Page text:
What Are ‘The Basics’ In Education?
A survey of American companies concluded that the 4 C’s –
- Critical thinking and problem solving
- Creativity and innovation
- Communication Skills
…… are as important as the more traditional 3R’s of reading, writing and arithmetic.
Once upon a time mastery of the 3R’s was enough to get you a job – but the world is changing.
Proficiency in reading, writing, and arithmetic has traditionally been the entry-level threshold to the job market, but the new workplace requires more from its employees. Employees need to think critically, solve problems, innovate, collaborate, and communicate more effectively—and at every level within an organization.
Yet we still want to test our children on reading, writing and maths only. What assessments are schools undertaking to measure the attainment of children in critical thinking & problem solving, creativity and innovation, collaboration, and communication skills?
According to the survey results, executives said these skills and competencies are priorities for employee development, talent management, and succession planning. In addition, job applicants are assessed in these areas during the hiring process.
Girls, when I was growing up, my parents used to say to me, “Tom, finish your dinner – people in China and India are starving.” My advice to you is: “Girls, finish your homework – people in China and India are starving for your jobs.” And in a flat world, they can have them, because in a flat world there is no such thing as an American job. There is just a job, and in more cases than ever before it will go to the best, smartest, most productive, or cheapest worker – wherever he or she resides.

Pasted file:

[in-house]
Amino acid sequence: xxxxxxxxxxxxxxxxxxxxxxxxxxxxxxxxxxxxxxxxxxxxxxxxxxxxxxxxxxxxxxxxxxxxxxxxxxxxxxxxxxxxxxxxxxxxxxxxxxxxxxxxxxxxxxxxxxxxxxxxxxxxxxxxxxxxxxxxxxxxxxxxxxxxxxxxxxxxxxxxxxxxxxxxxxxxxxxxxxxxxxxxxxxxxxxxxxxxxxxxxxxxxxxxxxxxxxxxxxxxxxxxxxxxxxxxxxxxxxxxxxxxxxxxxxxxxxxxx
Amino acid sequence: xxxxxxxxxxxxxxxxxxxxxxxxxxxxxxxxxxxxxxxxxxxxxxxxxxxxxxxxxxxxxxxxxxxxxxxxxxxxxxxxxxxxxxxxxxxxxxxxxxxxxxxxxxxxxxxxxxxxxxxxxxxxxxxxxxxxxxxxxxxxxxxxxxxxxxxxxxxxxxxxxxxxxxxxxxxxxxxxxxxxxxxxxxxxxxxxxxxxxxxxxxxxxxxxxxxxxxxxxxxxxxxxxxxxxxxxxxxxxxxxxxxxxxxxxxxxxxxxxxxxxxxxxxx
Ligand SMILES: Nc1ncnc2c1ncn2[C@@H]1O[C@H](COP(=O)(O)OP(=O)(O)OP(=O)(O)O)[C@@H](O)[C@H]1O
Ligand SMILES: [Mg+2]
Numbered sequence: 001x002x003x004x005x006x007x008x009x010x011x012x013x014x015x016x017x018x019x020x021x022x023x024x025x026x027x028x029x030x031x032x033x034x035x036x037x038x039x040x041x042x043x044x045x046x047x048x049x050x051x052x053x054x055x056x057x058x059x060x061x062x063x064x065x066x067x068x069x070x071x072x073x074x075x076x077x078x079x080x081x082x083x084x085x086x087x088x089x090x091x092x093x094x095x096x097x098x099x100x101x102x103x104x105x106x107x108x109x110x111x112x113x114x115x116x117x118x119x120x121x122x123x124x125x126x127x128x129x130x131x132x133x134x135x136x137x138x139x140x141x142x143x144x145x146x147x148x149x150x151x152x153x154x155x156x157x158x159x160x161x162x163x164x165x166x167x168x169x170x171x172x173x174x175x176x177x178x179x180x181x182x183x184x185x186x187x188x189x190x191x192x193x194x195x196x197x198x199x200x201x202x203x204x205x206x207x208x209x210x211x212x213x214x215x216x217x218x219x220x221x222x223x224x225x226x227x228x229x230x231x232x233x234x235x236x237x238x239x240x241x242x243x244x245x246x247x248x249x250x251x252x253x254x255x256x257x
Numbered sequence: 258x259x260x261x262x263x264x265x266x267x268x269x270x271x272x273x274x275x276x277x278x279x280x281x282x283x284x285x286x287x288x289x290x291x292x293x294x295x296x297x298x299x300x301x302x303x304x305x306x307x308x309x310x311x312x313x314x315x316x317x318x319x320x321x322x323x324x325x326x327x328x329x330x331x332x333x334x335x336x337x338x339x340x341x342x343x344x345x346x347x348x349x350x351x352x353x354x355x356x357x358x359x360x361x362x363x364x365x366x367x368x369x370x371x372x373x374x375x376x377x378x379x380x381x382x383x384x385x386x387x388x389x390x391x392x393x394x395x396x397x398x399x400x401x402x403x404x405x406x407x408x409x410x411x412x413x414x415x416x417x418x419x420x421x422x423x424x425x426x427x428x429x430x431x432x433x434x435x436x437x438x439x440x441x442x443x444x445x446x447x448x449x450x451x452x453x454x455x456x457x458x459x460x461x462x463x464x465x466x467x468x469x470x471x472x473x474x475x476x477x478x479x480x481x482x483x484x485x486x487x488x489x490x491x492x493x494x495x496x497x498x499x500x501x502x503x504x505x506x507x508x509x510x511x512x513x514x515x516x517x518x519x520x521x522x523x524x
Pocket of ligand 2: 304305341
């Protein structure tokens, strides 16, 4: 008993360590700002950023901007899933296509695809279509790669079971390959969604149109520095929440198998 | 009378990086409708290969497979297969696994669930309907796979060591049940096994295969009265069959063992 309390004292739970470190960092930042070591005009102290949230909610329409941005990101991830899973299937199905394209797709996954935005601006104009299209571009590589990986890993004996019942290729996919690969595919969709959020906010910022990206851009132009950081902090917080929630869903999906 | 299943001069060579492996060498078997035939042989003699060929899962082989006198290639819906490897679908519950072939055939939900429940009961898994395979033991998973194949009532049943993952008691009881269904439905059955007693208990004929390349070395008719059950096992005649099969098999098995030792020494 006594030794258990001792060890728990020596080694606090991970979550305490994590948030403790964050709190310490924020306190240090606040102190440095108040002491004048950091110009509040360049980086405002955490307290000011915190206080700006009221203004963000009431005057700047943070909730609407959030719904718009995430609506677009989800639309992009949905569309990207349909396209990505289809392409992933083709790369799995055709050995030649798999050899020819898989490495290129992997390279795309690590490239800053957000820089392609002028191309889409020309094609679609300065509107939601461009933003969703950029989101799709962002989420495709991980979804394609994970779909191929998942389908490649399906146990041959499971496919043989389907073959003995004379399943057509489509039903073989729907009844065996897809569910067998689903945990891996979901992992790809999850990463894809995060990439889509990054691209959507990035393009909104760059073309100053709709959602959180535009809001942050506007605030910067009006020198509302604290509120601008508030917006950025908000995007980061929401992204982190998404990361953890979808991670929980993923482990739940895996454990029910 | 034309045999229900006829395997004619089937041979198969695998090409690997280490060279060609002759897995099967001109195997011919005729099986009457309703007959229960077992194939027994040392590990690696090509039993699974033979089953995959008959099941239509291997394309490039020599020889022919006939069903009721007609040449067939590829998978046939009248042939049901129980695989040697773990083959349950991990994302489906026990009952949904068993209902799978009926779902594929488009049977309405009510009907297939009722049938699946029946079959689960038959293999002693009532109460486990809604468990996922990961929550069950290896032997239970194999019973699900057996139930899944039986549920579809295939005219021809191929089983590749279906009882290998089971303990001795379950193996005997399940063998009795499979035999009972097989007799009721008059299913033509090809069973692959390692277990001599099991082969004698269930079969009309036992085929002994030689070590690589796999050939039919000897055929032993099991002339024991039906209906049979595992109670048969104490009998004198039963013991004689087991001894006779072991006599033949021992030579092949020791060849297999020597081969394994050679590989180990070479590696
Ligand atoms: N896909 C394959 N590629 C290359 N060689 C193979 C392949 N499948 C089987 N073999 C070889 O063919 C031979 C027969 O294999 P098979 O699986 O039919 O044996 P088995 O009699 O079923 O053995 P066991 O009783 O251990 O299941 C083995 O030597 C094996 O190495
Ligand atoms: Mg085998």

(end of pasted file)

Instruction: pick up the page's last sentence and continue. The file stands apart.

The world is changing. Accountants in India are preparing tax forms for citizens across the world, online. Radiologists in Asia read X-rays taken in North America. If educators are to prepare young people for this new world we must assume that they have some idea of what to prepare them for. I fear that this is not the case.
In the following video you can listen to what Sir Ken Robinson thinks. These are the highlights from his talk in March 2011 at Learning Without Frontiers – ‘Out Of Our Minds – Learning To Be Creative’